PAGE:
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 Tuesday, 14 June 2005
Tuesday, 14 June 2005 08:24:08 (Central Standard Time, UTC-06:00) ( )

There are days when I get quite depressed about the state of science fiction. Most of the masters of the art (Asimov, Heinlein, etc.) have passed on or they are essentially retired. There are times when it seems like no one is there to pick up the slack.

Fortunately that's just illusion. There really are some good contemporary authors out there, even for hard SF[1]. In my mind, the leader is Alastair Reynolds. He recently completed the Revelation Space trilogy:

1.      Revelation Space

2.      Redemption Ark

3.      Absolution Gap

There’s also Chasm City, a novel set in the same universe that fits nicely between Revelation Space and Redemption Ark. While it isn’t required for the trilogy, you really should read it as book 2.

These are the best books I’ve read in a while, easily ranking up there with Vinge’s A Fire Upon the Deep and Deepness in the Sky.

Reynolds paints an edgy, dark and dangerous future, where humanity has spread across the stars and in so doing has fragmented into competing subgroups defined by wildly varying philosophies and technology. As they spread out, humans find more and more remnants of alien civilizations, but never technologically advanced aliens. As the trilogy progresses through time, we begin to understand why there are no technologically advanced aliens and humanity itself comes under the same threat.

The story ranges across space and time, extrapolating our current understanding of physics (along with current hypotheses) and technology to create a consistent universe that feels like it is driven by hard science. At the same time, his characters are what drive the story, and his exploration of extreme social and philosophical situations make the books very compelling.


[1] “Hard SF” is typically defined as science fiction where the science is very close to our current understanding. For instance, hard SF typically eschews things like faster-than-light travel, or at least tries to map such a concept back into current (if extreme) hypothesis about physics and the nature of the universe.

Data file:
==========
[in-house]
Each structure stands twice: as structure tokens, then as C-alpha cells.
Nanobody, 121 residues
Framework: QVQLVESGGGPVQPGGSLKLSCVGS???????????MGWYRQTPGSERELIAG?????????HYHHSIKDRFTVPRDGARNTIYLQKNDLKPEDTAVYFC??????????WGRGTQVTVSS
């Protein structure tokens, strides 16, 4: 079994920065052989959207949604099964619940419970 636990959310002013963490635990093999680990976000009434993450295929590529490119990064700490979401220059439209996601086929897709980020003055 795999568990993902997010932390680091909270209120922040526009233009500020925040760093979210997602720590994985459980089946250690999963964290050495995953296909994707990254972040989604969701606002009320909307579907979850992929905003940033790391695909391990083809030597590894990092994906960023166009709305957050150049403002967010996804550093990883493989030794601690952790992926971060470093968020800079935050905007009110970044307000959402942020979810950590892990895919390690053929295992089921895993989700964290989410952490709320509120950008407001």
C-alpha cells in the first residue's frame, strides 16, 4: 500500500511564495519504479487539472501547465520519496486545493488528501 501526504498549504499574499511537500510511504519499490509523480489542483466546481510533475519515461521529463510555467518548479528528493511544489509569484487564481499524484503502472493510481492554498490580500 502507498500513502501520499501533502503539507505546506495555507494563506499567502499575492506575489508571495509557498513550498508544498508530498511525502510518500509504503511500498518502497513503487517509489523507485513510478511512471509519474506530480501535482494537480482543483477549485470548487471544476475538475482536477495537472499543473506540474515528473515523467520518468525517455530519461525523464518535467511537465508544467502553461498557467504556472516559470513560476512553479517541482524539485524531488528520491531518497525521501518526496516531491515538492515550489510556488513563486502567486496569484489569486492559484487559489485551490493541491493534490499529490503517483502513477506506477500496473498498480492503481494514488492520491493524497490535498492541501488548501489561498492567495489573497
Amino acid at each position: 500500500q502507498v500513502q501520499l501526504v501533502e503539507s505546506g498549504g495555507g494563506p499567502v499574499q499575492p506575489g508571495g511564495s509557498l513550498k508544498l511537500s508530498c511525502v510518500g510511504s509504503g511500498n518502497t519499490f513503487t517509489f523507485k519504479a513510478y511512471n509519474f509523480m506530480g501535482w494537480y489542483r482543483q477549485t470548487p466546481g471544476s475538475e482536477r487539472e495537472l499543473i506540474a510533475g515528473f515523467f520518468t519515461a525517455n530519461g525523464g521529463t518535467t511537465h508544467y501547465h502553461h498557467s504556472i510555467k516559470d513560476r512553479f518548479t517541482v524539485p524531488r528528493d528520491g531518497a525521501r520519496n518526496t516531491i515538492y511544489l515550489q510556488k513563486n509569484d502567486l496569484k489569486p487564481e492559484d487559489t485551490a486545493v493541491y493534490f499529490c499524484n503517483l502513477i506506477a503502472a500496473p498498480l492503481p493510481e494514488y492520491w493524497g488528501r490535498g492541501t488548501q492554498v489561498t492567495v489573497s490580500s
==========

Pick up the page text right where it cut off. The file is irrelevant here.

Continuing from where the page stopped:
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"Concur with Rocky" (SlickThought.Net) [Trackback]
Tuesday, 14 June 2005 12:04:55 (Central Standard Time, UTC-06:00)
In the same vein, I would strongly recommend Robert J. Sawyer (most recently known for his stunning "Neanderthal Parallax" trilogy), Ian Banks for his "Culture" universe, Stephen Baxter (most well-known for the "Manifold" trilogy) and Greg Egan, David Brin, Greg Bear, Gregory Benford, Allen Steele, John Varley... oh, yeah!
With these people continuing to produce well-thought out and tightly-plotted tales of mind-bending ideas that are peopled with engaging characters, rock-hard science fiction is a *long* way from dead.
Monday, 20 June 2005 06:05:54 (Central Standard Time, UTC-06:00)
Ian M. Banks is a fantastic writer as is his fellow Scot Ken McLeod. McLeod writes nearish future sci-fi with a dash of politics that's a very refreshing change from the normal 'liberal capitalism in space' kinda thing you see often.
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